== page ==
Costumes, designed by Katarina Schwarz, barely sketch in changing time-periods. While I admire the élan, I object strenuously, though, to the use of a 1970s polyester dress to represent the Victorian era. Especially bright red polyester. Particularly effective however, is the way in which design motifs appear and reappear in much the same way as themes recur in the text. Such as a particularly, aaaah, striking red and black checked jacket which is a pivotal prop in 1966, and is reused very effectively as the royal cape of the Marine /Merino Princess in 1986. It is a pleasure to experience this confident handling of design as an integral part of the total performance. This was also a notable aspect of Box/Role/Dream, CounterPoint’s earlier production at Allen Hall.
Each of the seven actors has a couple of main roles across the seven scenes, and take turns at ensemble roles in-between. The acting is a little uneven at times, and more noticeable for endearing energy and boundless enthusiasm than precision of physicality. Concentration is also needed to follow the threads of family relationships.
Apparently the original production displayed a copy of the family tree(s) in the Bats foyer. It’s a shame that this wasn’t included as part of the programme for this production, as it would have been a useful addition. In fact, while the programme lists the cast, it avoids explaining (very post-modern, darlings) which of the seven actors plays what character.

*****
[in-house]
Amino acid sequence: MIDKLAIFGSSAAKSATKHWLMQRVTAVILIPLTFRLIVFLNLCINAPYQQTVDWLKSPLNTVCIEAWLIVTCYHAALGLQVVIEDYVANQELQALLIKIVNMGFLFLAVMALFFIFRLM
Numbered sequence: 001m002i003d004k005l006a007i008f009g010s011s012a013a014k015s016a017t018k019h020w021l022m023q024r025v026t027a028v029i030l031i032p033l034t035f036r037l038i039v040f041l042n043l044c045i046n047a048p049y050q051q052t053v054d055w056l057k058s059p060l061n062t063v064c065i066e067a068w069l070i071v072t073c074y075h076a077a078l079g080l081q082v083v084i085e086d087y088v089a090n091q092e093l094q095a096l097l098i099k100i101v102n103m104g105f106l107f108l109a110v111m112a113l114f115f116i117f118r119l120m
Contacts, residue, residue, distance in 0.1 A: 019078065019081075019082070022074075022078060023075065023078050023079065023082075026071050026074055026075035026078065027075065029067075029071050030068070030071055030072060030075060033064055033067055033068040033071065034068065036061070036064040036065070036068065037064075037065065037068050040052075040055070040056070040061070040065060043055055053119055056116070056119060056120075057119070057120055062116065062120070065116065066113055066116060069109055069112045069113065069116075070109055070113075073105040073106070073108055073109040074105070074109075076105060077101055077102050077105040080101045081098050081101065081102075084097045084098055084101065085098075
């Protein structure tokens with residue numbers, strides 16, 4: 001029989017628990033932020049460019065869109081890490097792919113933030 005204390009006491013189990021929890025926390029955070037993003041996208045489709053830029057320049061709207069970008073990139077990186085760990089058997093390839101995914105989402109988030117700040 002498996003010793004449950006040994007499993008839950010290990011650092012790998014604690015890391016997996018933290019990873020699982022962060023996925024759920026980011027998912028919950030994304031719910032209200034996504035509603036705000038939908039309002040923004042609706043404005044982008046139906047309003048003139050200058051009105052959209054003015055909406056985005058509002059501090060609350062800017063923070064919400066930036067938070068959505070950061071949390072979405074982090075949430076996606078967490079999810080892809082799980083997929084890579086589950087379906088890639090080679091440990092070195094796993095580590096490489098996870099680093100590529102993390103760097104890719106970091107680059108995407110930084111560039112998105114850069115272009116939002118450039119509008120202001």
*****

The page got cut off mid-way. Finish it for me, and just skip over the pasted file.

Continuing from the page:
The opening scene features Nell Guy as a stroppy whore attempting to service Englishman Samuel Butler (Aaron Mayes) and his shy clockmaker German friend (Andrew Brinsley-Pirie). This is a strong scene and difficul scene to begin with, made more difficult the proportions of the Hall making the audience close enough to reach out and touch the actors. Hopefully, as the (woefully short) season goes on, the actors will relax into their roles a bit more lustfully.
The second scene, set at the Christchurch A&P show 1885, showcases the comic energy of Angus McBride (Julius Prout), an inventor born with a silver spoon in his mouth, who is busy thwarting the love affair between Rebecca (Annabelle Carpenter) and Sam Pyke (Mayes). While the culminating sheep-shearing contest boggles belief, this is the weakest scene for me. A particular weakness is the communal dancing that opens the scene. Enthusiastic, energetic and realistically awkward it undoubtedly is, but a greater degree of polish might better complement McBride’s outstanding comic physicality.